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Greetings everyone!

I am pleased to say that we are back on track now with a high-powered April Update. An update of contrasting fortune.

Download PGN of April '05 1 e4 ... games

Scandinavian Defence

We kick off the show with a complete demolition of Black's position in the Modern Scandinavian, where 7 c5!:

turns out to be a very strong move indeed, see Game 1.

Alekhine's Defence

Then, in Game 2 comes an unfashionable variation of the Alekhine where 7...e6?:

is utterly crushed. We won't be seeing much of this move again.

John Cox, author of the recently published Everyman book Starting Out; The Alekhine, is back again this month as guest annotator for Alekhine's Defence:

Moreno - Schulze is another win for White in the Voronezh main line, with a reasonable how-not-to-play demonstration from Black.

In this position 15...h6 is not the right move.

In Sarakauskas - Baburin the Russian-Irish Alekhine expert introduces another wrinkle in his favourite ...exd6 Exchange, delaying ...Be7 in favour of ...Nc6 and ...Bf5!?, which might be quite important for those who venture 4...Nc6 against the main line 4 Nf3.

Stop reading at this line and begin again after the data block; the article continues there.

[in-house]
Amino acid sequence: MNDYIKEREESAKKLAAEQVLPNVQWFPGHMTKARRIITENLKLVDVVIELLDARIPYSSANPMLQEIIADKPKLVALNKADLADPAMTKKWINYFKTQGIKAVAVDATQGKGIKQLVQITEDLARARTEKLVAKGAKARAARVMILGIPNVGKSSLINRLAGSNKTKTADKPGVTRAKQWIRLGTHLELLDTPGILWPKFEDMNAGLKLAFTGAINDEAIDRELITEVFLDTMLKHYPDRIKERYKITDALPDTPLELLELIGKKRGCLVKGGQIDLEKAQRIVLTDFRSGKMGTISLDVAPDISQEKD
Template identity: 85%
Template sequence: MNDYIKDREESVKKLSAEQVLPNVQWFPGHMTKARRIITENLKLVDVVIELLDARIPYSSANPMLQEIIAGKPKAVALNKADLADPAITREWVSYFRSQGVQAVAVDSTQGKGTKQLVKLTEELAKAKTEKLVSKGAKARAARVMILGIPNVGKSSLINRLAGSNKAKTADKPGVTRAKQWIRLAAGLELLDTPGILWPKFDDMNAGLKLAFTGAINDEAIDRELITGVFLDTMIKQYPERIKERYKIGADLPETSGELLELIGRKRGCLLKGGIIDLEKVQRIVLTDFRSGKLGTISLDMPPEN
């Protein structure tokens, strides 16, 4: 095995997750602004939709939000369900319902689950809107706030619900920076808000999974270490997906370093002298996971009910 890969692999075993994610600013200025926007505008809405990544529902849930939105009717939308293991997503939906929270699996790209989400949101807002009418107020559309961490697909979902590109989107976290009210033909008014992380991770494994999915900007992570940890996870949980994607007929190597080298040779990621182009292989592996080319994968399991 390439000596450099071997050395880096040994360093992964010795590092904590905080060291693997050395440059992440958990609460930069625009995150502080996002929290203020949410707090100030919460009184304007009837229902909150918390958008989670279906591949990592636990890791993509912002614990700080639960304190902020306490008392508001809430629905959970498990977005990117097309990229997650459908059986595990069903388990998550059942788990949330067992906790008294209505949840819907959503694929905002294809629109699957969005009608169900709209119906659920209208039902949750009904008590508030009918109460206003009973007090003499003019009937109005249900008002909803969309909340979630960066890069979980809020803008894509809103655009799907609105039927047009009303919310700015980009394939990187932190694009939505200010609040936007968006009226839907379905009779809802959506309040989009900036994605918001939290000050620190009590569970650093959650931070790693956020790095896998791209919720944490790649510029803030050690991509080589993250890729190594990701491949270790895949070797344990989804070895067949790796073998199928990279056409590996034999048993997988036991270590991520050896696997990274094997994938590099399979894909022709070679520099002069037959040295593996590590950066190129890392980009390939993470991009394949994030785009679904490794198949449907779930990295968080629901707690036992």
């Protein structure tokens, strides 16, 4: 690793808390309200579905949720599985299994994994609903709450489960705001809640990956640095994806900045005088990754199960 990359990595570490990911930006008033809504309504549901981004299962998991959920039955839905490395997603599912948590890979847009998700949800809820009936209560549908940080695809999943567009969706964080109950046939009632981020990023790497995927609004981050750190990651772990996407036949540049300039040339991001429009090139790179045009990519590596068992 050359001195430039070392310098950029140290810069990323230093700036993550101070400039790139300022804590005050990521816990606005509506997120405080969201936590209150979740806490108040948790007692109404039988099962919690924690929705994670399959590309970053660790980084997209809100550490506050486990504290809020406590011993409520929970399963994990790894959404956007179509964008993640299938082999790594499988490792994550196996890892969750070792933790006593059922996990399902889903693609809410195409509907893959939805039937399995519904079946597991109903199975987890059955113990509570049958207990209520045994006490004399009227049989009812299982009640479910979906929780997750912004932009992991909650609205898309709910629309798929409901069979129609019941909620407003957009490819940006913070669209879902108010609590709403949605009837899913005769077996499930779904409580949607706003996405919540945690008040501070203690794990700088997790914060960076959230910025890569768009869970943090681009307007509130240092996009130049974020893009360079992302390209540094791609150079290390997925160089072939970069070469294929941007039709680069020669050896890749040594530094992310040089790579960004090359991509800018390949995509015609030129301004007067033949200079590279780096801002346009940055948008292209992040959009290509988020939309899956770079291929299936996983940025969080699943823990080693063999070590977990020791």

White wins but Baburin clearly had better in the complications and had enough faith to repeat his idea.

Degraeve - Bauer sees a rare outing at 2600+ level for that very 4 Nf3 Nc6:

White ducks the challenge and takes play into the ...exd6 Exchange, but soon reveals a lack of familiarity with the variation (an unexpected effect of Bauer's surprise choice of opening, perhaps) and goes wrong, allowing Bauer to win a typical ..exd6 Exchange game.


Pirc/Modern Defence

Moving to the Modern, observe some fine play by Rahman in Game 6, highlighting how the Modern can be used as a winning weapon against slightly weaker opposition

Then check out Kuloats move 6 Qe2!?:

, adding fuel to the fire in the 150 attack, see Game 7.

The Pirc has varied fortune in this update too.

Nakamura - Smirin is a crush by White, who is willing to run a risk after 6 e5:

However, I believe White's play to be unsound and I'll show you why.

Then comes a superb game by Morozevich as he demolishes Kramnik of all people with Black in the Austrian. It appears that 6...c6!:

is an elastic and satisfactory answer to the problems posed by 6 Be3, see Game 9.


To the Caro and the same mixed bag.

Danny Gormally produces a brilliancy for us, admittedly only from an open tournament and Black does play 8...g5?!:

which only accelerates his downfall. But some fine attacking play from White in Game ten.

And then to close Shirov - Anand, featuring a horrible blunder from White. I won't spoil the surprise.

Thanks for viewing - see you next in May


Please post you queries on the 1 e4 ... Forum, or subscribers can write to me at if you have any questions or queries.